It's shocking, every time you turn on the TV, to see what's coming out
in the wash. If our president was told in August, someone had to drop
the ball at the airports. Were they alerted by the FBI or the CIA?"

For the first time since September 11, the opposition acted like an
opposition. The Democrats led the charge in Congress for a complete
investigation of September 11 and the handling of intelligence data.
Congresswoman Cynthia McKinney, in a public statement dated May 16,
2002, charged the Bush administration with attempting to cover up its
failings by refusing to hold a congressional hearing. She said, "It
now becomes clear why the Bush Administration has been vigorously
opposing congressional hearings. The Bush Administration has been
engaged in a conspiracy of silence. If committed and patriotic people
had not been pushing for disclosure today's revelations would have
been hidden by the White House."

Senator Richard J. Durbin (Democrat - Illinois and member of senate
intelligence committee) after viewing the seven-page FBI memo sent in
July 2001, said the similarities with September 11 were so close that
"as you read it, it just takes your breath away".

Indeed. The revelations also took the breath away of traditional
allies, like neo-conservative pundit, Bill Kristol of the Weekly
Standard. Kristol questioned the Bush Administration's secrecy. In the
latest issue, he asks:

"Isn't it possible that some people should be reprimanded or even lose
their jobs, when 3000 Americans are killed in a terrorist attack? ... For
the past eight months the Bush administration has essentially been
saying that everything and everyone worked just fine. That is absurd
and unsustainable."

A CBS poll captured the public sentiment when it found that 65 per
cent of respondents believed the US Government was "hiding something".


The US government responded by launching a campaign reminiscent of the
Hate Week described in Orwell's book.

During Hate Week, the common people were whipped up into war frenzy
through processions, military parades, television programs, the
building of effigies, songs, faked photographs and rumors. The Fiction
Department of the Ministry of Truth would rush out a series of
"atrocity pamphlets" detailing fictional atrocities committed by the
enemy. Others would sort through back files of the newspapers,
altering and embellishing news items for inclusion in Hate Week
speeches. The Hate Song, a song composed especially for the week, was
played endlessly - it's savage, barking rhythm resembling the beating
of the war drum. The Hate Week poster was placed all over the society
- the image of a monstrous figure of a Eurasian soldier, fo,ur meters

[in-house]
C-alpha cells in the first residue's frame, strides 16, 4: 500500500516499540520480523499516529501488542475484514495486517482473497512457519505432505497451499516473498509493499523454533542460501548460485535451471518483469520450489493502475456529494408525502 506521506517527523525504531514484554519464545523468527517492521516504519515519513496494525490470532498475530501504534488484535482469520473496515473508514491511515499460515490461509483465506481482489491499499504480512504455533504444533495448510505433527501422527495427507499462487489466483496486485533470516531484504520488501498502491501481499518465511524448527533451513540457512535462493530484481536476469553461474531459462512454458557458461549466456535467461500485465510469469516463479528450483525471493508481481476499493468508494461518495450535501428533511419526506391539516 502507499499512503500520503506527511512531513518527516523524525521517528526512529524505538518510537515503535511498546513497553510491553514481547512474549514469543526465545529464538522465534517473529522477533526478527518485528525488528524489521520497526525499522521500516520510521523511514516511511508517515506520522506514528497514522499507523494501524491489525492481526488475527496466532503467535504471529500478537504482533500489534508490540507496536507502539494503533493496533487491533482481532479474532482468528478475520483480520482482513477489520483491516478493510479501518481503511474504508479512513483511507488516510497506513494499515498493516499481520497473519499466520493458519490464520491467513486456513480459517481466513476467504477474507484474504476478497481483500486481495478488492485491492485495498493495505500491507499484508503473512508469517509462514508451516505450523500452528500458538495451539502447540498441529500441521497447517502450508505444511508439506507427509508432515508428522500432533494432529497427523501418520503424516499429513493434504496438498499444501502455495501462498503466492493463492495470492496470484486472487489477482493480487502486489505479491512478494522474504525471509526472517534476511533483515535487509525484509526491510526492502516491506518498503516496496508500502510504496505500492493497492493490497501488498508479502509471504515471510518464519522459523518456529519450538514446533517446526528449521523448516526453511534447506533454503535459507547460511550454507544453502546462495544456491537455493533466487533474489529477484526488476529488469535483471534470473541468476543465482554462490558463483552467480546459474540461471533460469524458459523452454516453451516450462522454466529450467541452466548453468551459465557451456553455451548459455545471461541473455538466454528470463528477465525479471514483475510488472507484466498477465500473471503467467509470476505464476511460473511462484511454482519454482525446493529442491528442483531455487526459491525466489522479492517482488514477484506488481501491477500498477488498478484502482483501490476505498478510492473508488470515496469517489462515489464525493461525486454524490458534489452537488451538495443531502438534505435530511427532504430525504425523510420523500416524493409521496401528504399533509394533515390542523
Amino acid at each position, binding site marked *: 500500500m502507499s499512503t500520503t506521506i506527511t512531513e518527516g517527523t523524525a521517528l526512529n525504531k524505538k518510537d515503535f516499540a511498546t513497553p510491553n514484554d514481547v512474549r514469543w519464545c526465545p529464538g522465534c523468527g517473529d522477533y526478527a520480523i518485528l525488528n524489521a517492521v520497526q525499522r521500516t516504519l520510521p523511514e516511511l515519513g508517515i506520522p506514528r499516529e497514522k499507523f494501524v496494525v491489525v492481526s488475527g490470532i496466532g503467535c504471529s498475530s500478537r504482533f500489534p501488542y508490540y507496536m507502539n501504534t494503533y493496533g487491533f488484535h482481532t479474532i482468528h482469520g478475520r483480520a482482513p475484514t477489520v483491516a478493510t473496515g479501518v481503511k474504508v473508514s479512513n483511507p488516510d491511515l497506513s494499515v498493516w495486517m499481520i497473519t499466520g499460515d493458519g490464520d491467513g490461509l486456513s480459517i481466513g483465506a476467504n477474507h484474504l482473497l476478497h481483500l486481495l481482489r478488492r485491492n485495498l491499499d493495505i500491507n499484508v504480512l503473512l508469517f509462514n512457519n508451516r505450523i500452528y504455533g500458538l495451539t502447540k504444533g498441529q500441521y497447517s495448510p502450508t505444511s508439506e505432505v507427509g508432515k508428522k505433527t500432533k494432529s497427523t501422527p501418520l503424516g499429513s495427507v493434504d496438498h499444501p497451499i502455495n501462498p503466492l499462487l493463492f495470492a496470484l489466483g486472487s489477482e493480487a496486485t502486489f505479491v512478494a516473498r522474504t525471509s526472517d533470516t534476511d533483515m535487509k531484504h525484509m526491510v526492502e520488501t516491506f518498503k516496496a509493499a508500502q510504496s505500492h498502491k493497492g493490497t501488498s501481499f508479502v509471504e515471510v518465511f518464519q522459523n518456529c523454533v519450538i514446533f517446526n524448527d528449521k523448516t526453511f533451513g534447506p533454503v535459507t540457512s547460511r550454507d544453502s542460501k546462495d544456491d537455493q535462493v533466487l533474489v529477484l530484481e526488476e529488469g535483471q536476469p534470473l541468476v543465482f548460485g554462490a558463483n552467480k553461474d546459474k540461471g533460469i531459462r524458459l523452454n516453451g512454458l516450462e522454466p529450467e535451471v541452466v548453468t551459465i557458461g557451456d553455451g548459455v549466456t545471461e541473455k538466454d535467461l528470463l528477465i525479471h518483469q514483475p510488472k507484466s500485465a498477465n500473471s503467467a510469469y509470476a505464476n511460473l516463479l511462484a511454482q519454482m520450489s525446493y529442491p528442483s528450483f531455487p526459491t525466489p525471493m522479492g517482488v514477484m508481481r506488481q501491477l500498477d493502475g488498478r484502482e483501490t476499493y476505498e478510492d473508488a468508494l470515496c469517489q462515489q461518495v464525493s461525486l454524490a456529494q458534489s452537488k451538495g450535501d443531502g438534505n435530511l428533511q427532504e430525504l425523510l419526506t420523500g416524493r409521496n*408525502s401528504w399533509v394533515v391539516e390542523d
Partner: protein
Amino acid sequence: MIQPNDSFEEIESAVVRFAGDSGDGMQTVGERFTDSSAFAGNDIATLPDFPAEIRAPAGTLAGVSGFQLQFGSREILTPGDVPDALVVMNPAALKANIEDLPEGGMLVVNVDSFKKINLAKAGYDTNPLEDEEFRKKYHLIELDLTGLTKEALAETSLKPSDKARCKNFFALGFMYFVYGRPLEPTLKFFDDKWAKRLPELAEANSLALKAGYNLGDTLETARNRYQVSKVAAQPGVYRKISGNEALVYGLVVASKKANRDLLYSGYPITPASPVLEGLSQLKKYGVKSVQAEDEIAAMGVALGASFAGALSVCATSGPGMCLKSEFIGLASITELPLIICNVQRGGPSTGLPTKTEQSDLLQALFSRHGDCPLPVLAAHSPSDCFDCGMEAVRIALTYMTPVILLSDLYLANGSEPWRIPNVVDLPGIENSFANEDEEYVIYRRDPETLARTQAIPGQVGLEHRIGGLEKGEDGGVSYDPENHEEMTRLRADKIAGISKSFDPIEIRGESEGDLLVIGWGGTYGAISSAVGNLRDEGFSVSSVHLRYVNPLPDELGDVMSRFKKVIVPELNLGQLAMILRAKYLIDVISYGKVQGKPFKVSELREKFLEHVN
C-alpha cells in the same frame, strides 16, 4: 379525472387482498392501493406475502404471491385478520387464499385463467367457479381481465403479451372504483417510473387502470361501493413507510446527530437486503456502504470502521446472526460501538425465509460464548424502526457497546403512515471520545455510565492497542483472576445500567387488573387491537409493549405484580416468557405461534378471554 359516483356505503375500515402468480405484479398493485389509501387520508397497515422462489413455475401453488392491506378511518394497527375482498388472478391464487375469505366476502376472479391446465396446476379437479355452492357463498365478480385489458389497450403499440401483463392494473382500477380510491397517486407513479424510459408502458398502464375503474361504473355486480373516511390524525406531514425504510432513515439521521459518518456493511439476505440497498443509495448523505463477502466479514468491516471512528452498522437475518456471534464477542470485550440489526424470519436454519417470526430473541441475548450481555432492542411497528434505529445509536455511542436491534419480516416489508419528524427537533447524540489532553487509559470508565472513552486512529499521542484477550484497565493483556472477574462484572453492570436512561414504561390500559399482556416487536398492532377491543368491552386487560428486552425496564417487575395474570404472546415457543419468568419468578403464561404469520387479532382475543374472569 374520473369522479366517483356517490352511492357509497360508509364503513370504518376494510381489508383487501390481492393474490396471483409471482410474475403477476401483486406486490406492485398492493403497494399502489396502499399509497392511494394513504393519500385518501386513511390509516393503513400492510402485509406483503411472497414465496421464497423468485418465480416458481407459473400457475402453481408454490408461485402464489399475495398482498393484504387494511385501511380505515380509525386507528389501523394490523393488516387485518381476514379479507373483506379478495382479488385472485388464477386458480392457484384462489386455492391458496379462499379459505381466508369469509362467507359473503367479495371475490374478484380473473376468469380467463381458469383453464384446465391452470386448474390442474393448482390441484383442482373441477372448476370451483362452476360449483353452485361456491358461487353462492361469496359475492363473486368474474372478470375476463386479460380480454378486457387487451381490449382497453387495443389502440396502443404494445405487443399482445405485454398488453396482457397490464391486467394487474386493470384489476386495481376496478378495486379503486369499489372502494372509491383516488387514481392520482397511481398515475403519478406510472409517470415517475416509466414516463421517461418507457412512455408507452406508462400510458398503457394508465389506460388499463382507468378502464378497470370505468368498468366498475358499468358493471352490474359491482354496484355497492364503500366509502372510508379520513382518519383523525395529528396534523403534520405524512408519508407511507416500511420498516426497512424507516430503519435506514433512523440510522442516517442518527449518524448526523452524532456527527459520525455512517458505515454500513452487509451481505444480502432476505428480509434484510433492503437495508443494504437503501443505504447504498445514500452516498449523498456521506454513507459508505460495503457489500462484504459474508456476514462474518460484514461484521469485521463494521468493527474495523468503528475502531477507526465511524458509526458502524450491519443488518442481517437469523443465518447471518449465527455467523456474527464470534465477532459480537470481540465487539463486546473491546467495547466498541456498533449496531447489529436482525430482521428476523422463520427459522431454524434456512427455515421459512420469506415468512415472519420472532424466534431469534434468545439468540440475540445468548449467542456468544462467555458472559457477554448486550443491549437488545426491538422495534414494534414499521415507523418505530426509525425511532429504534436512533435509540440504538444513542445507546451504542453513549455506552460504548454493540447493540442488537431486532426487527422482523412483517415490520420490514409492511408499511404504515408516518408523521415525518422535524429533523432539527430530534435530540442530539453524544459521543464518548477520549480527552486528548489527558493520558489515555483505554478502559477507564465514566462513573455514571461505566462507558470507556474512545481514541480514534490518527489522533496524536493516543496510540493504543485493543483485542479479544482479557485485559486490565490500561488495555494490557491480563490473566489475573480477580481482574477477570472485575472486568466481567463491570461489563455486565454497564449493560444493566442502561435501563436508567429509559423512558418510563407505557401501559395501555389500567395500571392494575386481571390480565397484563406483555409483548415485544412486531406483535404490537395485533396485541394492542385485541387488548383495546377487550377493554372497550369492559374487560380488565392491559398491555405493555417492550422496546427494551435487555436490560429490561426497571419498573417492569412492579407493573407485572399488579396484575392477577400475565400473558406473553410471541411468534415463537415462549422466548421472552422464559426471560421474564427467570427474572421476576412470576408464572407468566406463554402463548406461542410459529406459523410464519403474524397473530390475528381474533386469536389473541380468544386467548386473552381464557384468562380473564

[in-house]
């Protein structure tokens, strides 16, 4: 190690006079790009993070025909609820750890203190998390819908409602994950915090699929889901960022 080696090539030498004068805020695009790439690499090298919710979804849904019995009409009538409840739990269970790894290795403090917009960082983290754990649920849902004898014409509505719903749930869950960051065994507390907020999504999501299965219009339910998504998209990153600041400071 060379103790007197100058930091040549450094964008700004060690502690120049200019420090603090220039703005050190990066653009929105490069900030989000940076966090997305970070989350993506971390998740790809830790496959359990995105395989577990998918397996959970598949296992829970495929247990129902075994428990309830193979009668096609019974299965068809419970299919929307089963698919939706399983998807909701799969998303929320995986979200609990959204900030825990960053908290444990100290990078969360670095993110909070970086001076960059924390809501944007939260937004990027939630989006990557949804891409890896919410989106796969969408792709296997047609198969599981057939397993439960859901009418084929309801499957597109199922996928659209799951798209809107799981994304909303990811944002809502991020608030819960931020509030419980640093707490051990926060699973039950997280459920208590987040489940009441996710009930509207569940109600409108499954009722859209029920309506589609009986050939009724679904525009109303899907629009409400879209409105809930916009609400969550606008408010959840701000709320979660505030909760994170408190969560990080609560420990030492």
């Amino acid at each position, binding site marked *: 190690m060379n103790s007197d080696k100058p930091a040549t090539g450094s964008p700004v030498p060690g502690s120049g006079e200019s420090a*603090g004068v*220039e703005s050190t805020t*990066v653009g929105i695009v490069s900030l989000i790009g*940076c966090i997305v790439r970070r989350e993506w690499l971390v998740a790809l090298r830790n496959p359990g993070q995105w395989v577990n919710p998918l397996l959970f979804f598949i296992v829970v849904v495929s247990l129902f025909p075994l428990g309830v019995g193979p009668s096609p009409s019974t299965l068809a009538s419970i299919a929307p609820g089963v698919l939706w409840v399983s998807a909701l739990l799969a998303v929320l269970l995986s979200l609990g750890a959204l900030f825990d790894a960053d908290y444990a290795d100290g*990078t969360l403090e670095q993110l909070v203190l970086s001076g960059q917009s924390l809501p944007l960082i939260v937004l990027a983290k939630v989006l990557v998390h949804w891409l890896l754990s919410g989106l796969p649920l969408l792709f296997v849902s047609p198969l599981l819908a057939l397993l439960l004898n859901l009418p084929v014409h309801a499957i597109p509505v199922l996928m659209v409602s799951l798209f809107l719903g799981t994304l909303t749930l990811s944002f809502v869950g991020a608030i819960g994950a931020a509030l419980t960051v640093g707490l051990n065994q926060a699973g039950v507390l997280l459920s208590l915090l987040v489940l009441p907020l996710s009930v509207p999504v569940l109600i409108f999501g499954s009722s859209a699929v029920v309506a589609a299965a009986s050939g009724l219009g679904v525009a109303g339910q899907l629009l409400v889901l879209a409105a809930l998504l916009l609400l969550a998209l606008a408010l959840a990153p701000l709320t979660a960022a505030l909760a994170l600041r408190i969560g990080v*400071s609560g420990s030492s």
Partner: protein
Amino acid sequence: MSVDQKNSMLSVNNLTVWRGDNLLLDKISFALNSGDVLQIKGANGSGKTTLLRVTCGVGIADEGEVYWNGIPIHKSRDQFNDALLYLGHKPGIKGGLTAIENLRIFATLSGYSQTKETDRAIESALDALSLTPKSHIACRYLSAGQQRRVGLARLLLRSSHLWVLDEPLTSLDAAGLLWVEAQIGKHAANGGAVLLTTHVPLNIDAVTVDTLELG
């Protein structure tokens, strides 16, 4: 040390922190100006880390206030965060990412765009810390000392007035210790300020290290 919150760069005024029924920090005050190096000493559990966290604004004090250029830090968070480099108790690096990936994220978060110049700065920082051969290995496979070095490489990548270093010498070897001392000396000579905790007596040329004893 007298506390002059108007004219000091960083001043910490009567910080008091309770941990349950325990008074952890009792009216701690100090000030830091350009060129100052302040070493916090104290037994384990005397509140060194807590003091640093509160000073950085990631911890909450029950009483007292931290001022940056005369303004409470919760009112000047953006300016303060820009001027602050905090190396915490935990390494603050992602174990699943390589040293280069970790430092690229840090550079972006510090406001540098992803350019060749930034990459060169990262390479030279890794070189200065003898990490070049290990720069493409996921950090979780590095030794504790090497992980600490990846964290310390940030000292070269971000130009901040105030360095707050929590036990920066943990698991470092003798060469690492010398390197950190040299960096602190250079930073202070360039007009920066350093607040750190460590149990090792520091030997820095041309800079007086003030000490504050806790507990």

high, with an expressionless Mongolian face and a sub-machine gun
pointed from his hip. The poster was designed so that the muzzle of
the gun would face you no matter where you stood. Plastered all over
the cities, it ensured that no matter where you went you were reminded
that you are still under threat from the "enemy". You could never fall
into a sense of security - you are always under threat.

The response of the Bush administration to the sudden sea change was
atypical and in keeping with the manner that the US government had
handled similar issues in the past. Replace the Eurasian soldier of
Orwell's Hate Week with a bearded, turban-wearing Muslim and you have
Hate Week 2002. There was no need for posters, because they had the
latest Bin Laden video - the chilling confirmation that this man who
has now, in the mind of the average American, come to represent
nothing less than pure evil, was alive and well.

On December 6, 2001, Attorney-General John Ashcroft charged critics of
the Bush administration's draconian anti-terrorism legislation as
"aiders and abetters" of terrorism. He said, "To those who scare peace
loving people with phantoms of lost liberty, my message is this:

Your tactics aid terrorists, for they erode our national unity and
diminish our resolve. They give ammunition to America's enemies, and
pause to America's friends." In other words if you are going to
question your government's policies then you may as well be a
terrorist yourself.

So, in a statement reminiscent of Orwell's famous "ignorance is
strength" doublespeak, Vice-President Dick Cheney responded to those
demanding the facts, terming them "thoroughly irresponsible and
totally unworthy of national leaders in a time of war". It never
occurred to Cheney that it is exactly because America is in a "time of
war", that there is a critical need to understand the failings that
led to September 11. Yet in Cheney's Orwellian world: ignorance of the
facts equals strength against terror.

Just as The Party in Orwell's "1984" controlled their people through
fear generated by a state of endless war, likewise the Bush
Administration responded to public concerns with a tsunami of terror
warnings. The message was clear: an attack by al-Qaeda was not just
likely, it is imminent and this time they may use nuclear weapons. The
primary message to the American people was one of fear.

The Washington Post (May 19th, 2002) reported a sudden "surge in
al-Qaeda messages" being intercepted by US intelligence agencies.
Describing them as "vague but menacing", unnamed US administration